Management of Severe Acute Respiratory Distress Syndrome

A Primer

John C. Grotberg; Daniel Reynolds; Bryan D. Kraft


Crit Care. 2023;27(289) 

In This Article

Abstract and Introduction


This narrative review explores the physiology and evidence-based management of patients with severe acute respiratory distress syndrome (ARDS) and refractory hypoxemia, with a focus on mechanical ventilation, adjunctive therapies, and veno-venous extracorporeal membrane oxygenation (V-V ECMO). Severe ARDS cases increased dramatically worldwide during the Covid-19 pandemic and carry a high mortality. The mainstay of treatment to improve survival and ventilator-free days is proning, conservative fluid management, and lung protective ventilation. Ventilator settings should be individualized when possible to improve patient-ventilator synchrony and reduce ventilator-induced lung injury (VILI). Positive end-expiratory pressure can be individualized by titrating to best respiratory system compliance, or by using advanced methods, such as electrical impedance tomography or esophageal manometry. Adjustments to mitigate high driving pressure and mechanical power, two possible drivers of VILI, may be further beneficial. In patients with refractory hypoxemia, salvage modes of ventilation such as high frequency oscillatory ventilation and airway pressure release ventilation are additional options that may be appropriate in select patients. Adjunctive therapies also may be applied judiciously, such as recruitment maneuvers, inhaled pulmonary vasodilators, neuromuscular blockers, or glucocorticoids, and may improve oxygenation, but do not clearly reduce mortality. In select, refractory cases, the addition of V-V ECMO improves gas exchange and modestly improves survival by allowing for lung rest. In addition to VILI, patients with severe ARDS are at risk for complications including acute cor pulmonale, physical debility, and neurocognitive deficits. Even among the most severe cases, ARDS is a heterogeneous disease, and future studies are needed to identify ARDS subgroups to individualize therapies and advance care.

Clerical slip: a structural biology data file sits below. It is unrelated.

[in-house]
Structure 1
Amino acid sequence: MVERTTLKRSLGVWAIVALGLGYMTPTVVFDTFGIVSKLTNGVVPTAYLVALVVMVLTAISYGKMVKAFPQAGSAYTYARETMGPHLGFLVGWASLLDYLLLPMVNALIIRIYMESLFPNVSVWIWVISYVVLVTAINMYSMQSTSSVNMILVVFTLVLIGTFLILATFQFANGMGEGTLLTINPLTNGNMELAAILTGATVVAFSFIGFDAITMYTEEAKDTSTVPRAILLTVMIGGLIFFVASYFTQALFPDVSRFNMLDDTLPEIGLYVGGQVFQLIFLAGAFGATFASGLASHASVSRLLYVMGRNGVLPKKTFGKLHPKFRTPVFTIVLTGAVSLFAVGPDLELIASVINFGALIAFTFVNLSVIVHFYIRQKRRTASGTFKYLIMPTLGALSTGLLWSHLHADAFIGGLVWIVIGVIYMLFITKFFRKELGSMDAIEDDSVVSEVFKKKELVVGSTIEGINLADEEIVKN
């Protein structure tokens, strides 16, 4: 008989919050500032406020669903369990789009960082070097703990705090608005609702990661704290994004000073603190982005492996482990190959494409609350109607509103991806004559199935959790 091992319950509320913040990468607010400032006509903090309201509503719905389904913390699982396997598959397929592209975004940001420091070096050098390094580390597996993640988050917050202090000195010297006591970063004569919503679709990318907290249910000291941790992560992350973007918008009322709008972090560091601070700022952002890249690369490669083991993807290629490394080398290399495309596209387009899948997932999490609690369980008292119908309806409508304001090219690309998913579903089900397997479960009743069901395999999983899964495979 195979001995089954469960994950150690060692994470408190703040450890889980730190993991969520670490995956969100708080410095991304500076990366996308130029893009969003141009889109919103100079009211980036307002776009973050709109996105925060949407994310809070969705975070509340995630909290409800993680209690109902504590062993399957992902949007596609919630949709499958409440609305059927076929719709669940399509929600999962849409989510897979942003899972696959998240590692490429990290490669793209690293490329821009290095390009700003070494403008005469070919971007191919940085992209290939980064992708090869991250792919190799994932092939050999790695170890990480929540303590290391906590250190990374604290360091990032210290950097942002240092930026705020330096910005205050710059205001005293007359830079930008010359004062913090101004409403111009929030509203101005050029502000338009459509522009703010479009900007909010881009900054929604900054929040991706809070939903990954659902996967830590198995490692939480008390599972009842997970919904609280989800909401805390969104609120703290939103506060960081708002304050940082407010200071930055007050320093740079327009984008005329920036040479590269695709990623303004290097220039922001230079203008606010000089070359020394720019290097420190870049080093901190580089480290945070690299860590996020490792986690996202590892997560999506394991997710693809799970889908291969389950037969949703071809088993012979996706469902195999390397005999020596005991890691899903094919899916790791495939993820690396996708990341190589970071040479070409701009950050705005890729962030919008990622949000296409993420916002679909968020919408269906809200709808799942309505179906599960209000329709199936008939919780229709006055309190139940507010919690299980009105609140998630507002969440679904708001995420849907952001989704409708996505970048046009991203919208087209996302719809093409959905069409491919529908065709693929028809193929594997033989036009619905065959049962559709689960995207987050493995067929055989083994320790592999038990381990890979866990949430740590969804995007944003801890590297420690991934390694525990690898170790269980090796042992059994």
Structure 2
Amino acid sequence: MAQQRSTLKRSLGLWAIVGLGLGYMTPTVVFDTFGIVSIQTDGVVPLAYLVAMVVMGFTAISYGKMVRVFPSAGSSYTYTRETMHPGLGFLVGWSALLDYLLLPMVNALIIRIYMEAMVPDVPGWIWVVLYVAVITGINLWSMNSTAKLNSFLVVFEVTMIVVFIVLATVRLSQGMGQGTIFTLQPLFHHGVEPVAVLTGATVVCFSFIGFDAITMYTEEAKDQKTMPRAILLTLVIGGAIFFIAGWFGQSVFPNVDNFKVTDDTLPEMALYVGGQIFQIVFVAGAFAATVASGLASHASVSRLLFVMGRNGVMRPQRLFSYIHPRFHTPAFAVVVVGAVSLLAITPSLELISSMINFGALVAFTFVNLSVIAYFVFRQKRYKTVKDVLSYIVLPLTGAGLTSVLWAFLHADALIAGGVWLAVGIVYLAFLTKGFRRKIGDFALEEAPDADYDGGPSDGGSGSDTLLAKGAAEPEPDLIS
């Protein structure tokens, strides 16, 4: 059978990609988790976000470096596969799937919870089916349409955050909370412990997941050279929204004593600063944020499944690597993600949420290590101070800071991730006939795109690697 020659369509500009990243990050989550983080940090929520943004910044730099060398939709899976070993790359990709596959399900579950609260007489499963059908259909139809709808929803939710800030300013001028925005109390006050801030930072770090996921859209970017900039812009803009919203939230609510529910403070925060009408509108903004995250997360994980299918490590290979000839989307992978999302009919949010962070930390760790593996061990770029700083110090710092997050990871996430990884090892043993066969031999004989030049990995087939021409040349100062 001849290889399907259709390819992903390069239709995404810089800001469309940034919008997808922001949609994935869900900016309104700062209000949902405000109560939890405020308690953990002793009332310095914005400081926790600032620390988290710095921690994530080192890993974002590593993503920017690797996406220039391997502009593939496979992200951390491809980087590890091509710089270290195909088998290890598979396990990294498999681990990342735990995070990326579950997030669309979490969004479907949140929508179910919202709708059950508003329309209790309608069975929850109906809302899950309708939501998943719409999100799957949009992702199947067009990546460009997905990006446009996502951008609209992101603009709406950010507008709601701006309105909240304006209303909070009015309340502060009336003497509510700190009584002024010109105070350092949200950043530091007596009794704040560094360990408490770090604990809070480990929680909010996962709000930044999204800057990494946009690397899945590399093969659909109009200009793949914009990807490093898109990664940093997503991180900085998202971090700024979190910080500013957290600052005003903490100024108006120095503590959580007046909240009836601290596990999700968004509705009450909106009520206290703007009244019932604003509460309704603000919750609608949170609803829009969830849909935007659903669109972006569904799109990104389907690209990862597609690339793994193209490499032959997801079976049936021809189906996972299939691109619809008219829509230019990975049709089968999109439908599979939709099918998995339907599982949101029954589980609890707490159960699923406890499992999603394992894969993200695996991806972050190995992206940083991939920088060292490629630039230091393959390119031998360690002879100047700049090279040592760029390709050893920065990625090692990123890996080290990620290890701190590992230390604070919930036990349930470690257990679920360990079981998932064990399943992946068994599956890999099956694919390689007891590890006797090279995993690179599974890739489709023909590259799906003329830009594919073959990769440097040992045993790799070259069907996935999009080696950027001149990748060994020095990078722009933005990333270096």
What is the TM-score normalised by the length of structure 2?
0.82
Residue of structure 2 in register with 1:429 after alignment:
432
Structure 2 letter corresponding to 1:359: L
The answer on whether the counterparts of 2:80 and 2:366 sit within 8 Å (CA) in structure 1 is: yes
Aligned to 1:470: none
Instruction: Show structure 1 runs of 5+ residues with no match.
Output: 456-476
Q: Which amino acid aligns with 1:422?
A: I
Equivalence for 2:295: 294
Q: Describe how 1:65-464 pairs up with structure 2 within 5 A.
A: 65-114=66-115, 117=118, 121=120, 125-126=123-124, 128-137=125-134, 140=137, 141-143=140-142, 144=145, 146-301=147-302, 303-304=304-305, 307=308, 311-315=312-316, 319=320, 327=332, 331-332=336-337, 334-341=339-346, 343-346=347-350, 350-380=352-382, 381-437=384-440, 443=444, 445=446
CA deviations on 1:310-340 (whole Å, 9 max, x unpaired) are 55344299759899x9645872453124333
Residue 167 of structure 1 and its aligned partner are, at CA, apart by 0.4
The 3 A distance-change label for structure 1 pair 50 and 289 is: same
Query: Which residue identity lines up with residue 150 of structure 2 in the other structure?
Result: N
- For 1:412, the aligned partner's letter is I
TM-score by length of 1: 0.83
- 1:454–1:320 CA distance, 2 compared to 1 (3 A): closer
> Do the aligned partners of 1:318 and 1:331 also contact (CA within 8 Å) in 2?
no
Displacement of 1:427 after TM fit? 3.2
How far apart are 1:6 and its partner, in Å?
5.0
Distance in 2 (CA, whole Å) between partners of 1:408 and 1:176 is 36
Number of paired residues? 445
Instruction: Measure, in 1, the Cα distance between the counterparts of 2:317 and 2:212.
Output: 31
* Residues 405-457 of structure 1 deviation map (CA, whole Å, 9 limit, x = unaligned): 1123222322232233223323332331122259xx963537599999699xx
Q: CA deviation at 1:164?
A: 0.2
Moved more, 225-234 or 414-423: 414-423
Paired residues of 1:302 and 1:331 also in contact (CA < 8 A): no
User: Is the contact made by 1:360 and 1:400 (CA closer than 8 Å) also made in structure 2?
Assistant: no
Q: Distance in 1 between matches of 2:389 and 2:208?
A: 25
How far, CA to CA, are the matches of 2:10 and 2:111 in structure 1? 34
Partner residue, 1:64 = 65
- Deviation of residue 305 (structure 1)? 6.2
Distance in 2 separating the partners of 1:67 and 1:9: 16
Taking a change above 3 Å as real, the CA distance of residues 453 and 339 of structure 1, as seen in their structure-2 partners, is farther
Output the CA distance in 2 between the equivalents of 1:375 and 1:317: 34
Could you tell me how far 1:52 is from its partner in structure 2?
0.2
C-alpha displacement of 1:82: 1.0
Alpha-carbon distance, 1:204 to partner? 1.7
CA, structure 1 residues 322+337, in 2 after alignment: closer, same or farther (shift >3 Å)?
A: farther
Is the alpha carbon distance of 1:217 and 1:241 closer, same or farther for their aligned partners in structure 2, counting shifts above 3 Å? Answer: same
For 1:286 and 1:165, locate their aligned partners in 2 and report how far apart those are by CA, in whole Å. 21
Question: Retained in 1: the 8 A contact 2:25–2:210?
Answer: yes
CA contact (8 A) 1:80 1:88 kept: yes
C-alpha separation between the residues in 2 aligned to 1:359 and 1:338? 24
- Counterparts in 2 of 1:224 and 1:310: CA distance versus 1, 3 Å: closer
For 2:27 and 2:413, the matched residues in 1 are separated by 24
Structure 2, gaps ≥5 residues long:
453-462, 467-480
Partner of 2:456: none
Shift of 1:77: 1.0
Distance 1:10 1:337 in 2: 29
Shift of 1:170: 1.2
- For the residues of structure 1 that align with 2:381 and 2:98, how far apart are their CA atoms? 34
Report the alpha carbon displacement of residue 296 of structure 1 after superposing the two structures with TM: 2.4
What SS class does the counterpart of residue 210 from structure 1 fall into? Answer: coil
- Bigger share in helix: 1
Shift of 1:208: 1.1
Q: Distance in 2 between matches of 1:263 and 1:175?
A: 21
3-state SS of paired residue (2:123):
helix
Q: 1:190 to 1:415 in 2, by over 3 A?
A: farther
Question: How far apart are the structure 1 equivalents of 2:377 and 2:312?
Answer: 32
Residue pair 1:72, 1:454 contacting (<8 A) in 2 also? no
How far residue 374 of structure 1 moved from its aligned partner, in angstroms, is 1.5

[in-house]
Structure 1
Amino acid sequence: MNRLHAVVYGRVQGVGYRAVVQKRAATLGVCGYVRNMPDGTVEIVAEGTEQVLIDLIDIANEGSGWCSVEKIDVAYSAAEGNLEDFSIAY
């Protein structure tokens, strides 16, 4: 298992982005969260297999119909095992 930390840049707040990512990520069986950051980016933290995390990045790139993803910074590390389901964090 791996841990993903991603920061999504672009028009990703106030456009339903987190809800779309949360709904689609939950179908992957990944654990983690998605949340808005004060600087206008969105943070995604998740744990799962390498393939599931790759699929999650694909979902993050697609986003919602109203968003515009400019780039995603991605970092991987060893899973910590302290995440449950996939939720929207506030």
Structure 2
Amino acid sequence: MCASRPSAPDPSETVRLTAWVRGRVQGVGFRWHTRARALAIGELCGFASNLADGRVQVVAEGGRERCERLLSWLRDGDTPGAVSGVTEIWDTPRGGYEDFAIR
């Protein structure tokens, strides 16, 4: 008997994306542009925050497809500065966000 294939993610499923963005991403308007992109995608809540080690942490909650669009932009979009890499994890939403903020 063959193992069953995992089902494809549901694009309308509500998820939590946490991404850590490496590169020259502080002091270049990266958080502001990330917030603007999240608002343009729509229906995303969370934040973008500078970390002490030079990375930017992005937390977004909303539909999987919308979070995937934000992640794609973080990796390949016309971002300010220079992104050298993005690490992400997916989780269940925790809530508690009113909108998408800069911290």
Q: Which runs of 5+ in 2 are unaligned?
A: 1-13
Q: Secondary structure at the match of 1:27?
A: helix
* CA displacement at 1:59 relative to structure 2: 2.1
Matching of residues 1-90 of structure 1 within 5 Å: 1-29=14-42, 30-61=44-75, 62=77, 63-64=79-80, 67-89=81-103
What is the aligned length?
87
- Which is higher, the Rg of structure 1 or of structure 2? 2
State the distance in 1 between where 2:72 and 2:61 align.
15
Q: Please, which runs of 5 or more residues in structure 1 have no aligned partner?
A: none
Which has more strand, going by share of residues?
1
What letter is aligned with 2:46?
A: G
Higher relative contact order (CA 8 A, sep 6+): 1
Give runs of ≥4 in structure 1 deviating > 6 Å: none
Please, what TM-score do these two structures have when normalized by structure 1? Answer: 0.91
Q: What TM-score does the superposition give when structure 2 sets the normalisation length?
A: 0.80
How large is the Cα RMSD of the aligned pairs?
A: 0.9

The acute respiratory distress syndrome (ARDS), first described in 1967,[1] is a common cause of respiratory failure in the ICU. There are approximately 190,000 ARDS cases annually in the USA alone, although cases skyrocketed in 2020 due to the COVID-19 pandemic.[2,3] ARDS pathophysiology is rooted in the disruption of the alveolar capillary barrier by inflammatory and oxidative insults. This results in the characteristic clinical (acute onset), radiographic (bilateral alveolar opacities), physiologic (reduced compliance, high shunt fraction), and histologic (classically diffuse alveolar damage) derangements. Severe ARDS, defined by an arterial partial pressure of oxygen (PaO2) to fraction of inspired oxygen (FiO2) ratio (P/F) ≤ 100, carries mortality close to 50%.[2] In moderate-to-severe ARDS, positive end expiratory pressure (PEEP) may confound the P/F ratio, and is addressed using the "P/FP ratio" ((PaO2*10)/(FiO2*PEEP)), with P/FP ≤ 100 defining severe ARDS.[4] The noninvasive ratio of pulse oximetric saturation (SpO2) to FiO2, or the "S/F ratio", also correlates well to P/F ratios and is readily available at the bedside. Though not clearly defined, S/F ratios of < 89 to < 120 approximate severe ARDS.[5–7]

Patients with severe ARDS are at high risk for ventilator-induced lung injury (VILI) and may develop refractory hypoxemia and hypercapnia. Traditional treatment of severe ARDS is supportive, anchored by lung protective mechanical ventilation, proning, and conservative fluid management.[8–10] Adjunctive therapies (e.g., inhaled pulmonary vasodilators, glucocorticoids) can be used, and in select cases, patients may require veno-venous extracorporeal membrane oxygenation (V-V ECMO). This review will summarize the evidence-based management (Figure 1) of severe ARDS emphasizing interventions that improve outcomes.

Figure 1.

Severe ARDS Treatments. A schematic illustrating management strategies for severe ARDS and refractory hypoxemia. Green sections represent treatments that improve outcomes supported by prospective randomized controlled trials, the orange section represents a treatment that may improve outcomes based on retrospective data, the gray sections represent treatments that may improve oxygenation but have not demonstrated sustained clinical benefit in trials, and the purple sections represent treatments that likely derive benefit in a subset of patients. ARDS acute respiratory distress syndrome, IBW ideal body weight, V t, tidal volume; and V-V ECMO, veno-venous extracorporeal membrane oxygenation. Adapted from "Risk Factors of Dementia," by (2023). Retrieved from